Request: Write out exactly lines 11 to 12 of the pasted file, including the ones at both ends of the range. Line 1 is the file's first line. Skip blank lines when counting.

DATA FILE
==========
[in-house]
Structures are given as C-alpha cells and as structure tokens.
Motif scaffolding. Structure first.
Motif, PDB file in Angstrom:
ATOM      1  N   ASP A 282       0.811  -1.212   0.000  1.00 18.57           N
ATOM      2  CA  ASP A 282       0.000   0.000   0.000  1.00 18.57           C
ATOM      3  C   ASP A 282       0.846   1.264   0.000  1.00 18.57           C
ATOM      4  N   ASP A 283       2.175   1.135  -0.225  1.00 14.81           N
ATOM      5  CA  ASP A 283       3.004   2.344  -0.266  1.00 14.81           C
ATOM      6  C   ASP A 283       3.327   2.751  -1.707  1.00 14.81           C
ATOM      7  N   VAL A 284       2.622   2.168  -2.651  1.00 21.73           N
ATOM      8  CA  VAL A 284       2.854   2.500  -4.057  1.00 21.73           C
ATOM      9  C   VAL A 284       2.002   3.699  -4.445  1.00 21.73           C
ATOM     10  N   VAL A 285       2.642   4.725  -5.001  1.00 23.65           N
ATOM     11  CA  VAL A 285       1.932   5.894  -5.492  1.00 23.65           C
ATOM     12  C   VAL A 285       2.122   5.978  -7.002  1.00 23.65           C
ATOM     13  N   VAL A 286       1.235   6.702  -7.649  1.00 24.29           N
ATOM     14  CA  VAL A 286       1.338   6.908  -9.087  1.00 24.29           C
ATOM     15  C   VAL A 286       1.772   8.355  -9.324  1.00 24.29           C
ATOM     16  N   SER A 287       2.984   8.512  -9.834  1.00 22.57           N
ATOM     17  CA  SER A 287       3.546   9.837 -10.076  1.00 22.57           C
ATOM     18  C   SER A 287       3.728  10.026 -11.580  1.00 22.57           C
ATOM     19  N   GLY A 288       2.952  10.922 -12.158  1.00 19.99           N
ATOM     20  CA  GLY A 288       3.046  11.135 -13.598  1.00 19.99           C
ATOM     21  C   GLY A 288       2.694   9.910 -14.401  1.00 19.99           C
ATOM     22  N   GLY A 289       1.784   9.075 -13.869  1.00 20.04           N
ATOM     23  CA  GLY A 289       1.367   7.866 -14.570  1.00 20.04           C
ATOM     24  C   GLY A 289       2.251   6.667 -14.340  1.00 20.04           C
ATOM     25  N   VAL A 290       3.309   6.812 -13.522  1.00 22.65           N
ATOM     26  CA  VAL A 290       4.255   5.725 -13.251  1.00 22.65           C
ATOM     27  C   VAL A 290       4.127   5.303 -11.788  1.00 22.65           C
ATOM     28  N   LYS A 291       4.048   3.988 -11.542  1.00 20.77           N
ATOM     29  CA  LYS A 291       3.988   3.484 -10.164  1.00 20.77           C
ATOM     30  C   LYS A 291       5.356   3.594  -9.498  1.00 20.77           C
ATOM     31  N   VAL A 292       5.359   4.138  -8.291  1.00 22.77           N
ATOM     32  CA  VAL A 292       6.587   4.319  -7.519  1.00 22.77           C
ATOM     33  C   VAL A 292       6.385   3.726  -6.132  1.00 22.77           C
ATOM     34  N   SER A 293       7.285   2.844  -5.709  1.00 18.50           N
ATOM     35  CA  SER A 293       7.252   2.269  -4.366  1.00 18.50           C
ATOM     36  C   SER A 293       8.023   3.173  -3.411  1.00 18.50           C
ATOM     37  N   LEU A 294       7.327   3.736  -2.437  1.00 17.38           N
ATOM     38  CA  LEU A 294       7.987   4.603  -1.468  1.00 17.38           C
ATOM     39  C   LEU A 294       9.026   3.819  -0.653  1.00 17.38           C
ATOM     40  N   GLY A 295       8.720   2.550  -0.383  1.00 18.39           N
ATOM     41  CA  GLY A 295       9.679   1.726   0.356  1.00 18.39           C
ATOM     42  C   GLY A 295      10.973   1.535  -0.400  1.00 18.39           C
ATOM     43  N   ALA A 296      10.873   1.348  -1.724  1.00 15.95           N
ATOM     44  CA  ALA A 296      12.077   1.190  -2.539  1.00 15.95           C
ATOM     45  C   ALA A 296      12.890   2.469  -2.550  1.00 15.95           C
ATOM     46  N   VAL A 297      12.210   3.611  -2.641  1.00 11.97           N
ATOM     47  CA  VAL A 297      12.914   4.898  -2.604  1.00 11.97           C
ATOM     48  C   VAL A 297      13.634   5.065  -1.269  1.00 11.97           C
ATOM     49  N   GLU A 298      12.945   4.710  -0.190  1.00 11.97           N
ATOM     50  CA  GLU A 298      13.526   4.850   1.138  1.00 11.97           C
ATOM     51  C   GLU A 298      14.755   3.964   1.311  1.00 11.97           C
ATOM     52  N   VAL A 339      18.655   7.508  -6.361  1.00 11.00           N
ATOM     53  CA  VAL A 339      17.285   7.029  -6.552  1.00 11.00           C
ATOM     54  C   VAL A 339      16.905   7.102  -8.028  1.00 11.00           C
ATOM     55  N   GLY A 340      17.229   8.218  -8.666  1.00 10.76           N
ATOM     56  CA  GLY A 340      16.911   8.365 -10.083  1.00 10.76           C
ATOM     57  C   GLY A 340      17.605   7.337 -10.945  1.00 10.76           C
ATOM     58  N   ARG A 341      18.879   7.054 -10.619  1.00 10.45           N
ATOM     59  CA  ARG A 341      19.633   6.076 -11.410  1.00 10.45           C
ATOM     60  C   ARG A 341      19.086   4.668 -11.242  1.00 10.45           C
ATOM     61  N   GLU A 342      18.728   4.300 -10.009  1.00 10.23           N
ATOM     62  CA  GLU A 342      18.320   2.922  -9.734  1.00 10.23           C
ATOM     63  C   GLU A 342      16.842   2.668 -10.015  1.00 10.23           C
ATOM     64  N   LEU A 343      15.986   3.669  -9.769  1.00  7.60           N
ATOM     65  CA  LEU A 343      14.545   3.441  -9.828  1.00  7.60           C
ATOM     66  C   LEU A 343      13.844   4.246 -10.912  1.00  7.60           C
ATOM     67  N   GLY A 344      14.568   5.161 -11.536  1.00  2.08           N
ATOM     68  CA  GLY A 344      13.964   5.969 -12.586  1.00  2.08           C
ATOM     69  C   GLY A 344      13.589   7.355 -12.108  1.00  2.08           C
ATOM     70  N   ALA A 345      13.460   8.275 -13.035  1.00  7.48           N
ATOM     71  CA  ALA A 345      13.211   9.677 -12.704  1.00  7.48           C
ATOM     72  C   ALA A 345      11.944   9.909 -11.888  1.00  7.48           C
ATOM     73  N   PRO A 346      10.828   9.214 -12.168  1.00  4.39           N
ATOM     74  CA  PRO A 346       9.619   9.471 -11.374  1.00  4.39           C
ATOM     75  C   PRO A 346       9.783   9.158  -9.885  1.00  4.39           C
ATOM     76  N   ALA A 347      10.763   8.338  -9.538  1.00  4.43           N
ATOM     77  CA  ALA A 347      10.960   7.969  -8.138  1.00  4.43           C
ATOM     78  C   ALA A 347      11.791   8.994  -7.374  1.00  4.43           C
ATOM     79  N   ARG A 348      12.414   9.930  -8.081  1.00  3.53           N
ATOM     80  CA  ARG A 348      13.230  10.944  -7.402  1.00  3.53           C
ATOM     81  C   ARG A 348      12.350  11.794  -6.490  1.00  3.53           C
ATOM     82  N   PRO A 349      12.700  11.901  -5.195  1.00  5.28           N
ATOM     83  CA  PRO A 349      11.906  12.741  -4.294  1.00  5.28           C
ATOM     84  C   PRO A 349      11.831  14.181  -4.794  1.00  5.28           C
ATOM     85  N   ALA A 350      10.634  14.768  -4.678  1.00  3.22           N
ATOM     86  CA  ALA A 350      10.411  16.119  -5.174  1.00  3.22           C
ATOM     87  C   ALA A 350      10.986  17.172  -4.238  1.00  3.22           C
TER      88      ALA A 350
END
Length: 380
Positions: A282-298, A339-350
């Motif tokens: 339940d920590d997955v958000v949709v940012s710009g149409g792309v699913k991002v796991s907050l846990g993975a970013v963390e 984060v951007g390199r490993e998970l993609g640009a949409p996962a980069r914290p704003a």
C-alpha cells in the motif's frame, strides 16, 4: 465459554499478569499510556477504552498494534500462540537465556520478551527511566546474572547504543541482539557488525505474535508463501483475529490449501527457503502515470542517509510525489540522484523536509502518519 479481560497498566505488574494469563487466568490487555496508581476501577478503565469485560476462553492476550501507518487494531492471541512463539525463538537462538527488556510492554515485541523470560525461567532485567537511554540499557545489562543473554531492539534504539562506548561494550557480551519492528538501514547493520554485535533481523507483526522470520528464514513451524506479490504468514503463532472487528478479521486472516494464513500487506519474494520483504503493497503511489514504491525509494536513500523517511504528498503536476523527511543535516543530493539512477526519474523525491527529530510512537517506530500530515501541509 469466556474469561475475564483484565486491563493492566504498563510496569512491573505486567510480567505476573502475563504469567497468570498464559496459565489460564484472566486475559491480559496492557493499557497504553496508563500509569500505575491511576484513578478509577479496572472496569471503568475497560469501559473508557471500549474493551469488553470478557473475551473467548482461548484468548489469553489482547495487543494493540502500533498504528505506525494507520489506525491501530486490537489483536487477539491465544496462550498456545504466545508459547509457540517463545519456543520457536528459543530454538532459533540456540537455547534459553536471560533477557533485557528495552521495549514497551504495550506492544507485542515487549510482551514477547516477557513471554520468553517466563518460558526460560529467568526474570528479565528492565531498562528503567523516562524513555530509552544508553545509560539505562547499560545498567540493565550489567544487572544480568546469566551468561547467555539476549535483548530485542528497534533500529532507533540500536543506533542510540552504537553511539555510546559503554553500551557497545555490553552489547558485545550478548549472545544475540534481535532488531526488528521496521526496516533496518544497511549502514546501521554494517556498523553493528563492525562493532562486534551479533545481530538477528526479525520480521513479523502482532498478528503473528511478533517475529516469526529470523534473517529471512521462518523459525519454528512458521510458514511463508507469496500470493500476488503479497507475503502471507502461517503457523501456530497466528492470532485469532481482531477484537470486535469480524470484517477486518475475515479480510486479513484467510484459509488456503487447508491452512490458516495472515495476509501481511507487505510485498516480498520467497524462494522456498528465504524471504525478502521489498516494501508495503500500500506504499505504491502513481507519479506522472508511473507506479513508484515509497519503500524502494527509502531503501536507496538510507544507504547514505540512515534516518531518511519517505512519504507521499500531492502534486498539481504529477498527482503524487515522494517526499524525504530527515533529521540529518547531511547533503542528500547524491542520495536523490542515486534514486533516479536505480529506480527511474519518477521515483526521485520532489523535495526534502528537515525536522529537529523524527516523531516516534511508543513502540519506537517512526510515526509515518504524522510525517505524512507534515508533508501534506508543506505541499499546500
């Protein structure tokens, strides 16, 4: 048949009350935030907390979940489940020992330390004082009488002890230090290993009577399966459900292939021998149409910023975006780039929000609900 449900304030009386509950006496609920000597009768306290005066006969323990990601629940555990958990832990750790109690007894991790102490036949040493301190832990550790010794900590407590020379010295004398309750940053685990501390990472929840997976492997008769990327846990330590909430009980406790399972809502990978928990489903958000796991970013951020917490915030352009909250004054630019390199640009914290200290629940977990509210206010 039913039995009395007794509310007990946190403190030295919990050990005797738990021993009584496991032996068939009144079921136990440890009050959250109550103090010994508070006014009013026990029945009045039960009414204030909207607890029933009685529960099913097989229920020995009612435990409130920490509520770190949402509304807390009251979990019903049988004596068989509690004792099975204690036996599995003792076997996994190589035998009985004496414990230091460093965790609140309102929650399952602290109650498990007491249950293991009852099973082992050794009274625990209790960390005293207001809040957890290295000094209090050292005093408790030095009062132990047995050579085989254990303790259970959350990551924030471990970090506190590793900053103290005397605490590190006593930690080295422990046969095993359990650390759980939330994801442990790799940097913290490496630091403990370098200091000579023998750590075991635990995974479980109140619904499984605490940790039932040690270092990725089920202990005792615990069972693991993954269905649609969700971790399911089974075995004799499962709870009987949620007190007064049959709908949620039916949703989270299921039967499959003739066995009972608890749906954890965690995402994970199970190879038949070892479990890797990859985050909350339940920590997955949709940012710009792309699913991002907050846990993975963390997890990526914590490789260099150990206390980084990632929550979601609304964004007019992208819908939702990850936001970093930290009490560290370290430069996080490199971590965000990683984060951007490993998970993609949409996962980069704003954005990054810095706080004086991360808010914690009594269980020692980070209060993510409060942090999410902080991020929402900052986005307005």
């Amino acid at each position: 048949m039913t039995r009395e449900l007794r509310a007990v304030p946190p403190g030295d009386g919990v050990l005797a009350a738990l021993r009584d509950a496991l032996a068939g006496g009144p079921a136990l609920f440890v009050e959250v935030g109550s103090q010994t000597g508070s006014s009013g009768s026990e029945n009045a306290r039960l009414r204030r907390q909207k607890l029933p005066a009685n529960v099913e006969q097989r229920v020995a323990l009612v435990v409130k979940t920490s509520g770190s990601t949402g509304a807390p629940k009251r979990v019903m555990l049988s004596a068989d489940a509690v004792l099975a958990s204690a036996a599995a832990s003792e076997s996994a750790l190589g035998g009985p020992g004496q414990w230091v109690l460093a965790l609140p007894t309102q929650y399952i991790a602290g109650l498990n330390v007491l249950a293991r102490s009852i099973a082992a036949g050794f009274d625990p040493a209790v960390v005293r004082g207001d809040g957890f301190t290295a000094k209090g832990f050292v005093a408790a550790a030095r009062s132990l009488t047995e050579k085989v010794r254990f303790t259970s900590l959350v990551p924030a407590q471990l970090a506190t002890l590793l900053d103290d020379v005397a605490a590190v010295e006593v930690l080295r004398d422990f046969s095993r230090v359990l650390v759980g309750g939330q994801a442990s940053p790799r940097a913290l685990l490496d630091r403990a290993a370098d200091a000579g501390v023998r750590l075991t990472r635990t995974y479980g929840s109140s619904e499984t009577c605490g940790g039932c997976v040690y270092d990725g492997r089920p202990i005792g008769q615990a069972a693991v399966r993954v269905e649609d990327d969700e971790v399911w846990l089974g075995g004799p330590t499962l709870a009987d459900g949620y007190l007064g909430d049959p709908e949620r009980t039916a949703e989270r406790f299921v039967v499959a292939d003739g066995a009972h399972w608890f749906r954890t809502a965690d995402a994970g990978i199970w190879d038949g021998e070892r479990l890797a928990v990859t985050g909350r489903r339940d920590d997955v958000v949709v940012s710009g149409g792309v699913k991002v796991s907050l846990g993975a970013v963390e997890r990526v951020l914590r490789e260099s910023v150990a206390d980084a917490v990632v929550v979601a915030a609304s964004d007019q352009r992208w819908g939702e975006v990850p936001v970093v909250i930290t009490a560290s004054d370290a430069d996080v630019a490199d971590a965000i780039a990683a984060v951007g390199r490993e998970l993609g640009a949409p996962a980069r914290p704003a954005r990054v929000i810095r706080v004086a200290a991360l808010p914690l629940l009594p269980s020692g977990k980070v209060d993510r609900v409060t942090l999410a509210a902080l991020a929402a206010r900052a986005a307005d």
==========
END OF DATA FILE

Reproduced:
ATOM      7  N   VAL A 284       2.622   2.168  -2.651  1.00 21.73           N
ATOM      8  CA  VAL A 284       2.854   2.500  -4.057  1.00 21.73           C